Maskil is a term of uncertain meaning found in the book of Psalms. Most Bible translations suggest that maskil is a literary or musical term. Most likely, it relates to the purpose of specific psalms or how they were performed or recited.
Thirteen times, the term maskil (also spelled maschil) occurs in the title of a psalm (Psalms 32, 42, 44—45, 52—55, 74, 78, 88—89, and 142). Certain Bible translations have rendered the word in English, referring to it as “a contemplation” (NKJV), “a well-written song” (NET Bible), “a contemplative psalm” (NHEB), or “an instruction” (YLT). The Hebrew word maskil is also found in Amos 5:13, where it is translated as “prudent” (ESV) or having “insight” (CSB). Many biblical scholars believe that a maskil is meant to be meditative and to impart wisdom.
Psalm 78 by Asaph is an example of the maskil being used for teaching, as it includes information on the Israelites’ deliverance from Egypt and their time in the desert (Psalm 78:35, 40). The psalmist pleads for the people to “hear my teaching; listen to the words of my mouth” (verse 1). His goal is that God’s people remember what the Lord had done for them and teach those things to their descendants. Asaph is teaching “things we have heard and known, things our ancestors have told us. We will not hide them from their descendants; we will tell the next generation the praiseworthy deeds of the Lord, his power, and the wonders he has done” (Psalm 78:3–4). Psalm 44 similarly states the importance of learning from their fathers about what the Lord had done (Psalm 44:1–2).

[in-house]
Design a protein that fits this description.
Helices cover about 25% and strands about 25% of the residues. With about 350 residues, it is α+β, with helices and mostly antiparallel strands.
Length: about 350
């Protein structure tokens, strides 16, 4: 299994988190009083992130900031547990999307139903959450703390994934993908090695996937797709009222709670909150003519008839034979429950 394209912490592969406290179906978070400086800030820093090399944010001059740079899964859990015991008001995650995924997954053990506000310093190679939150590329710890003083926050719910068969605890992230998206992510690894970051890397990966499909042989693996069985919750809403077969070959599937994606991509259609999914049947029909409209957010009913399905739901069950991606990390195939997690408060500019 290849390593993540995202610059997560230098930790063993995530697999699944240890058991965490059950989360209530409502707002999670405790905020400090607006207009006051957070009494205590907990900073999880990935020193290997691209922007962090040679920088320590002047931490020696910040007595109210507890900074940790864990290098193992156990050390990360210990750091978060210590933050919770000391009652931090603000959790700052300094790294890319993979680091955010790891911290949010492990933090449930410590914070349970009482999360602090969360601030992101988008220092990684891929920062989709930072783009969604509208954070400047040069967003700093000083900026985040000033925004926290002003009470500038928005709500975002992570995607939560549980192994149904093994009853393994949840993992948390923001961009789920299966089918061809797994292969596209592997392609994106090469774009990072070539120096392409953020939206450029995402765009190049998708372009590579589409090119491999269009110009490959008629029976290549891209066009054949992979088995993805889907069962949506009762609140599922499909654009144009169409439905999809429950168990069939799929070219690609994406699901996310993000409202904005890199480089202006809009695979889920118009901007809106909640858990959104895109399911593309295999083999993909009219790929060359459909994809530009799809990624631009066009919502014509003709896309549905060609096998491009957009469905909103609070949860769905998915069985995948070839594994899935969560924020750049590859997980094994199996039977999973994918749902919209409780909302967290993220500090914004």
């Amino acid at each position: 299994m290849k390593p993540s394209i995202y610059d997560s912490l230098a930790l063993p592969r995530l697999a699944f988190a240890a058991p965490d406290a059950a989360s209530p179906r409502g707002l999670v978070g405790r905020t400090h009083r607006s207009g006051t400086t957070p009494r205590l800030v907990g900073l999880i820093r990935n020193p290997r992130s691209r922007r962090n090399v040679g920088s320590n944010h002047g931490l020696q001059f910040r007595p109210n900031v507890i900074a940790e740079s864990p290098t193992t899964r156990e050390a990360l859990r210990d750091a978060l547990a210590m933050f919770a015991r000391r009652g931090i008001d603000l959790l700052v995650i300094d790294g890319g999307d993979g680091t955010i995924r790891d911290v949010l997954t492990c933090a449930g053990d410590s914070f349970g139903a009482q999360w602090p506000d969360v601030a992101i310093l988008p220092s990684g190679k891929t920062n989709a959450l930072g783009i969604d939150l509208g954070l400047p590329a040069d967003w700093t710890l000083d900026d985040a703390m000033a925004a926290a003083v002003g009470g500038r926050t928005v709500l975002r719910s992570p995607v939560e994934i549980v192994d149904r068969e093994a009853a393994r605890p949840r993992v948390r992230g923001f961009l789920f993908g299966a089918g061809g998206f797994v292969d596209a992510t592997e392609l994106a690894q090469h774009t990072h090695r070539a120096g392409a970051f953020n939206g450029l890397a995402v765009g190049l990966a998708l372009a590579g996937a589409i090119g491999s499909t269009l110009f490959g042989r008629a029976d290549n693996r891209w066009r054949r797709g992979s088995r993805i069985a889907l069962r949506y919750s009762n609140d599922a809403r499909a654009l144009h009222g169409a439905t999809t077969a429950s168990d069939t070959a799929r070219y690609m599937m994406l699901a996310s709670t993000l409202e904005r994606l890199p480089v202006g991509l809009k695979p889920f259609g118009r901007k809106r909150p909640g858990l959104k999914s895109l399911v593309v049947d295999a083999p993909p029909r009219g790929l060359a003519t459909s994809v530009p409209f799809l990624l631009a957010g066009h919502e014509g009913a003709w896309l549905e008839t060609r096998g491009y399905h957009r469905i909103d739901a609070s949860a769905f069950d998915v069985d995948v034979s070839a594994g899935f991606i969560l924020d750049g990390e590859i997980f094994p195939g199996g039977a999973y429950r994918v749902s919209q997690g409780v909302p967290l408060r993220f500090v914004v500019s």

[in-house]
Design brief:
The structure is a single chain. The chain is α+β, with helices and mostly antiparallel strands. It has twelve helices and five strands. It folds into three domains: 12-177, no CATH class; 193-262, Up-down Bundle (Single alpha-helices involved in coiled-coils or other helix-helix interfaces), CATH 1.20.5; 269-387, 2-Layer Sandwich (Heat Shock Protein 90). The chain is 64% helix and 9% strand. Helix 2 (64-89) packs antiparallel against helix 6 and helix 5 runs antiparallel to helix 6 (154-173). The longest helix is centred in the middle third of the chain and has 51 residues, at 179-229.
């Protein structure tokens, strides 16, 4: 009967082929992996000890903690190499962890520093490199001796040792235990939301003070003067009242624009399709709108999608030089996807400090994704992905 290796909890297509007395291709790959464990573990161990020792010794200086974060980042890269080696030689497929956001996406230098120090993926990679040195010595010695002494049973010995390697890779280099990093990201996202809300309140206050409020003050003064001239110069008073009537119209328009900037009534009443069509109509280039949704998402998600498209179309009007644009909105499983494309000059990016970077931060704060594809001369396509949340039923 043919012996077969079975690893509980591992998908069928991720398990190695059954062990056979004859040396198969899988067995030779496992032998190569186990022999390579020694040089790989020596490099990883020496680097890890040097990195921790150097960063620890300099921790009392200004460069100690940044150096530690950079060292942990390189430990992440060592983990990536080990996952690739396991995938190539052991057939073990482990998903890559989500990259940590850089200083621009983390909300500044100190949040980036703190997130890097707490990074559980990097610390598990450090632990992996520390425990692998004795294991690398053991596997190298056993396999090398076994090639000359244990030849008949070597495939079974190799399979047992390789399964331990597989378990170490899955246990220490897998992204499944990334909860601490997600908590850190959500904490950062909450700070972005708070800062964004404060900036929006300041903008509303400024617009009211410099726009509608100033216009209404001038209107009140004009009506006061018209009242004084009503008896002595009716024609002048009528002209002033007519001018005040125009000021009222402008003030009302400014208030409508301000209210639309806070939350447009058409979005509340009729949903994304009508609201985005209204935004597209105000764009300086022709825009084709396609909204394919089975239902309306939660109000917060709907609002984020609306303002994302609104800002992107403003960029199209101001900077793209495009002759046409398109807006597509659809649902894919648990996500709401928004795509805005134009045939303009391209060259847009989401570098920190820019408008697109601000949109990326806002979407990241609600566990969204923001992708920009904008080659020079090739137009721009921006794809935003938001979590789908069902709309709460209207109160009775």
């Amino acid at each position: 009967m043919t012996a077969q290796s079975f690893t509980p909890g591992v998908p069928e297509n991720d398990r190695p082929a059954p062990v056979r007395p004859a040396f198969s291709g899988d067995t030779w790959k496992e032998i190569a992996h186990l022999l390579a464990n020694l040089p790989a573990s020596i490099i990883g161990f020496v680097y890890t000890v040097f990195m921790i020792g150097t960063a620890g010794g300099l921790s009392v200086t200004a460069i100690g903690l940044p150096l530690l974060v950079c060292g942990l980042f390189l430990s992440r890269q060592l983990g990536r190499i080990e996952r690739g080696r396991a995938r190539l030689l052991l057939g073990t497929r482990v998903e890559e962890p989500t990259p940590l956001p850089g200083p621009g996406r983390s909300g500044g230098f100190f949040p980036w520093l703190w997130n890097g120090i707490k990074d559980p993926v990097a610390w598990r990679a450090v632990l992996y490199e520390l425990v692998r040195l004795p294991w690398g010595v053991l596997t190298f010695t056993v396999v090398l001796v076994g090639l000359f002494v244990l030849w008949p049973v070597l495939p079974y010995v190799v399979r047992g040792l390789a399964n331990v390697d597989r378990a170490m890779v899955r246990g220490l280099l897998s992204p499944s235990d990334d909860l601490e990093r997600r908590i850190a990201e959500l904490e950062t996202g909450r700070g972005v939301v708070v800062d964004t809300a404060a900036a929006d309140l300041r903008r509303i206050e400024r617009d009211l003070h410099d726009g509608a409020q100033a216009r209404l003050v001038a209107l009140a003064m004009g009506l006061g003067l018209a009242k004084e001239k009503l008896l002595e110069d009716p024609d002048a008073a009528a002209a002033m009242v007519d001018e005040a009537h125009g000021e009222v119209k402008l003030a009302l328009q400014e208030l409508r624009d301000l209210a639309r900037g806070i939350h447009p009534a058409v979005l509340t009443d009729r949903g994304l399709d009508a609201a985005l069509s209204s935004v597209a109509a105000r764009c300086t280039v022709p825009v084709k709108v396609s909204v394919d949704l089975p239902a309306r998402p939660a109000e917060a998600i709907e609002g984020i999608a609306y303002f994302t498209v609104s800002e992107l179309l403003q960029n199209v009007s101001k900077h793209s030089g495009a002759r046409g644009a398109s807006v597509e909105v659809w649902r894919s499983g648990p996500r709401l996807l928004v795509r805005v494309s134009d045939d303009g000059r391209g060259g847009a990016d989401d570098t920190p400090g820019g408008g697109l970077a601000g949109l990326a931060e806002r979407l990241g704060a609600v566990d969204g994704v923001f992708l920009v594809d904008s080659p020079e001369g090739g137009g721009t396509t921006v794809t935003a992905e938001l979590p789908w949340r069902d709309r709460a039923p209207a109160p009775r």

Multiple writers of psalms used the maskil form, including David (Psalms 32, 52—55, and 142), the sons of Korah (Psalms 42, 44—45), Asaph (Psalms 74 and 78), Heman the Ezrahite (Psalm 88), and Ethan the Ezrahite (Psalm 89). A couple of the maskils specify that they were to be performed with “stringed instruments” (Psalm 54:1; 55:1). It’s been suggested that, since maskils were written for instruction and meditation, the songs were sung as a form of teaching in the tabernacle and temple.
Although the exact meaning of maskil is unknown, its use in the book of Psalms highlights the fact that different psalms were written in different styles, for different purposes. Other literary and musical terms, such as selah, higgaion, and michtam, in the largest book in the Bible show how God values songs and the truths they impart.